Ten years ago today: PPI tells NY legislature to start over, avoid prison-based gerrymandering

PPI made its public debut ten years ago, and the movement to end prison-based gerrymandering has come a long way since!

by Peter Wagner, March 14, 2012

The Prison Policy Initiative had its first public debut ten years ago today, when I showed up at a redistricting hearing in the Bronx and told the committee to scrap their proposed maps and start over with a new dataset that counted incarcerated people at their true, home addresses. Prison populations shouldn’t be used to dilute the votes of people who do not live next to prisons. The public was intrigued by my testimony, but at that point the legislature didn’t take my advice.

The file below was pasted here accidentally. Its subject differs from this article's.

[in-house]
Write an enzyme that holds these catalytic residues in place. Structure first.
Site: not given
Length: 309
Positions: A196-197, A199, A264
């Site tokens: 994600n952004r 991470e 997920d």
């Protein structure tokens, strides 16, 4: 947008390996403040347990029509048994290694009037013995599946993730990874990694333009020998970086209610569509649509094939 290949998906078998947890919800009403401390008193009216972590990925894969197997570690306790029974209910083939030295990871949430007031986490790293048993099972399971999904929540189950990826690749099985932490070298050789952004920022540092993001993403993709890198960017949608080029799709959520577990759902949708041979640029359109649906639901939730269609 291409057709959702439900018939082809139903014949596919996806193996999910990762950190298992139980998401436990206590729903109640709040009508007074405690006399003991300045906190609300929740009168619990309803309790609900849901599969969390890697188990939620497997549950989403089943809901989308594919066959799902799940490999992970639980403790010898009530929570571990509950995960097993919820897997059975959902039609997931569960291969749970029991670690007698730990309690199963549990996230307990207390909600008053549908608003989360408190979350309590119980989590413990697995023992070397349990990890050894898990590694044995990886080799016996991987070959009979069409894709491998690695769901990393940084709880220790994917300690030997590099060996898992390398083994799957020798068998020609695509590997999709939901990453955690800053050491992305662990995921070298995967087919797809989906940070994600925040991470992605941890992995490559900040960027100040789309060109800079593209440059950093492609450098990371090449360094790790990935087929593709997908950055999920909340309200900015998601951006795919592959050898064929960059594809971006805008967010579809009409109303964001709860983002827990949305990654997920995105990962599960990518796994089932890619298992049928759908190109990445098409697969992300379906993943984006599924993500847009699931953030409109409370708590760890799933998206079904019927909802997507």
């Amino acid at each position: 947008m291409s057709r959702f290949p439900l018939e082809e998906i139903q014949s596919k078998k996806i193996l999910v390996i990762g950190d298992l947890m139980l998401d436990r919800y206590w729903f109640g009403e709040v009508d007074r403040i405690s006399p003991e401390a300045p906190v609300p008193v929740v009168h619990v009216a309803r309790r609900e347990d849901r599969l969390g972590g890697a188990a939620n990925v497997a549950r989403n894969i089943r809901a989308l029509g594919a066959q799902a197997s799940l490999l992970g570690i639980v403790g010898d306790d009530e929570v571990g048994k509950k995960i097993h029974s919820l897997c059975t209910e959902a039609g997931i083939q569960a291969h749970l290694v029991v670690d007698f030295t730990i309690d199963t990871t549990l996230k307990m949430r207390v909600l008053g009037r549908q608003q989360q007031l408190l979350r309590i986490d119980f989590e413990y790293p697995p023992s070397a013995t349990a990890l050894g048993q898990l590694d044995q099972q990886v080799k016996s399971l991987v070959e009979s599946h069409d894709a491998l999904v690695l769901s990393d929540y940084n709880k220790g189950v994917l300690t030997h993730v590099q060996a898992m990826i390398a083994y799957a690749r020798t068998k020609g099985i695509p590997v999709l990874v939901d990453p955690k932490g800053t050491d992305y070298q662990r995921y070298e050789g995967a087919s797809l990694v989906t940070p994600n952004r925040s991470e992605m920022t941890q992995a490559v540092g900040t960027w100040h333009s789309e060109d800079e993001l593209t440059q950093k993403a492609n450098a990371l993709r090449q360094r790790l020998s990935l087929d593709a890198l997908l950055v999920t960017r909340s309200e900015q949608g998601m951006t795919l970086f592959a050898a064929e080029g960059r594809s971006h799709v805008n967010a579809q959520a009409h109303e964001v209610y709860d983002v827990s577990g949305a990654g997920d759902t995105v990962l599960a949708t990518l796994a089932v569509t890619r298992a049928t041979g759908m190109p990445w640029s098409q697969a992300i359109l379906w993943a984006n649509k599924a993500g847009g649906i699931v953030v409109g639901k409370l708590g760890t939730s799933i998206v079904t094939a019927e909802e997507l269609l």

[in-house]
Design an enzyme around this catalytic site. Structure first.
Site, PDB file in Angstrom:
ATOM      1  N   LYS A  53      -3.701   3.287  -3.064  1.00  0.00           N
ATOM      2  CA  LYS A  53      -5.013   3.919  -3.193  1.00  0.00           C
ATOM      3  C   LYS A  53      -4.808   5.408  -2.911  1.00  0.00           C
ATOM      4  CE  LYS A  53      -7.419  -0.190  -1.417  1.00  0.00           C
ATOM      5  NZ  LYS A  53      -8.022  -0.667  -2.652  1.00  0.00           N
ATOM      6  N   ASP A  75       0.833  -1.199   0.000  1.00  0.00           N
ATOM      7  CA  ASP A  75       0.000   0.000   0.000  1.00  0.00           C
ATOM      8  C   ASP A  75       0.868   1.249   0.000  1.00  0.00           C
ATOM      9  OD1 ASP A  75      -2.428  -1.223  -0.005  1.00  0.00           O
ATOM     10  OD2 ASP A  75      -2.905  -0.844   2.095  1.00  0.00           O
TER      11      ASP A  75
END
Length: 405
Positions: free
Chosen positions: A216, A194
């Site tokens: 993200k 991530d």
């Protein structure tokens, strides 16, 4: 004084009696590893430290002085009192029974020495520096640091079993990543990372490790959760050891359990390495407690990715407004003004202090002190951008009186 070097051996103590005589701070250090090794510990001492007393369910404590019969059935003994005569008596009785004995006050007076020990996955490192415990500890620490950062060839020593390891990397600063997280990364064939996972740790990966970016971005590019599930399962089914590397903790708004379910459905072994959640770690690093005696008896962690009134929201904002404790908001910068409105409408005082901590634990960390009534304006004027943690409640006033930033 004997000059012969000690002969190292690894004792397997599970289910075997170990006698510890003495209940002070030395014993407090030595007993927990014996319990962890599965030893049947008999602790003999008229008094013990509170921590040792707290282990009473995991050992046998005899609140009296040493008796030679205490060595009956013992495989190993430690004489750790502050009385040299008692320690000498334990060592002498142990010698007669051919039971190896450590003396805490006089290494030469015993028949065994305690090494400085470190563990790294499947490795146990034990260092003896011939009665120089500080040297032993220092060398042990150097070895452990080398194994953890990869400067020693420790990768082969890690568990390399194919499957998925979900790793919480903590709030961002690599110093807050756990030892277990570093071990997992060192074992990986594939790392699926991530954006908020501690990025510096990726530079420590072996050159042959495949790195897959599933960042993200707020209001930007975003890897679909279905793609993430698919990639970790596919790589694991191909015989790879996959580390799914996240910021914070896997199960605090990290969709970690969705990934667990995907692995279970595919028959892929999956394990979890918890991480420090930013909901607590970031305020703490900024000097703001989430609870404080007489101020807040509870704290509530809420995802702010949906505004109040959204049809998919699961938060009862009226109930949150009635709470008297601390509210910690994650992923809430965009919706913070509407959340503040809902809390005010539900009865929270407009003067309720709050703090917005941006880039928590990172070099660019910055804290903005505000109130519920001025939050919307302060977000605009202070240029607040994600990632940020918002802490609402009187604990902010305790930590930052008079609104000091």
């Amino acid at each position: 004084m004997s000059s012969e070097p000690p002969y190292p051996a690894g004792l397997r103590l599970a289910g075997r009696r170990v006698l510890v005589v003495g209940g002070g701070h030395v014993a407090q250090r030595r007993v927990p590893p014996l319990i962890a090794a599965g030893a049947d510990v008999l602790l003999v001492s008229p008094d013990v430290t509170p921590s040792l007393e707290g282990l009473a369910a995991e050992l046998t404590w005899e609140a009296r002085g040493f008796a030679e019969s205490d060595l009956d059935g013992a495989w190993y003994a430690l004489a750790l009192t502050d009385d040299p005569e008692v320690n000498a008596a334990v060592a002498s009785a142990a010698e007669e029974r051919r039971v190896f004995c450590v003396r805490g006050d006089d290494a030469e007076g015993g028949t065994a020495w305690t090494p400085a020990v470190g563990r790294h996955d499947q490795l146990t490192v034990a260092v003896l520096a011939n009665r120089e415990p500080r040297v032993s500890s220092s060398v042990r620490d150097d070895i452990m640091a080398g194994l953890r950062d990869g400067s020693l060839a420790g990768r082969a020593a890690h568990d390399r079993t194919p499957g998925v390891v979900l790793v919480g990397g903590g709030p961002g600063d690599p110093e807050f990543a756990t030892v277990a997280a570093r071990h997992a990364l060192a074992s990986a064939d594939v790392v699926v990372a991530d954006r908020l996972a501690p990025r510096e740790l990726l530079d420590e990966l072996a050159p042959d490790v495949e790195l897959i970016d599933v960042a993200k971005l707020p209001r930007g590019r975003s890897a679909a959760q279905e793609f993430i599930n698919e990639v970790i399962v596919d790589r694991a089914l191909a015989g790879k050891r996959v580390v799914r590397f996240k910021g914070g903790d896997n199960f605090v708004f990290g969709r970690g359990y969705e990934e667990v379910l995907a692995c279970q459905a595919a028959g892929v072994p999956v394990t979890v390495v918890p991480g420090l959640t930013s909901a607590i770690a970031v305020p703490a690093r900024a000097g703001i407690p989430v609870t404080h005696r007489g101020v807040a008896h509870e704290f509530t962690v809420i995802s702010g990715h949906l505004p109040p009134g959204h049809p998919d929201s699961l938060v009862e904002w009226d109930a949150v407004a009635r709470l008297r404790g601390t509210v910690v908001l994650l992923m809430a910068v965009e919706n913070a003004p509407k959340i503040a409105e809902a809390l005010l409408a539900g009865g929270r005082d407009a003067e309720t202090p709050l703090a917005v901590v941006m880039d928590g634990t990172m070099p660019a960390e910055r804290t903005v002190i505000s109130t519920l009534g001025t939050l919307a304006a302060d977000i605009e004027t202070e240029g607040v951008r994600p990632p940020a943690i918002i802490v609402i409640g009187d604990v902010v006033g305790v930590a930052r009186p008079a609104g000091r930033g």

Fast forward a decade: four states have ended prison-based gerrymandering. New York and Maryland have passed laws to count people in prison at home for this round of redistricting, and both states’ laws were successfully defended in court. Delaware and California passed legislation that will take effect after the next Census in 2020. The Census Bureau continued to count incarcerated people in the wrong place, but in 2010 they made an important change. They published the prison count data earlier than ever before, so that redistricting bodies would have the technical ability to avoid or minimize prison-based gerrymandering if they wished.

In that intervening decade, we worked to put numbers on the problem, develop solutions, and recruit civil rights, criminal justice and good government groups into a large movement for reform at the local, state and federal levels. Together, we’ve permanently changed how our democracy works in 4 states and hundreds of counties; and we’ve set our sights on a permanent national solutions.

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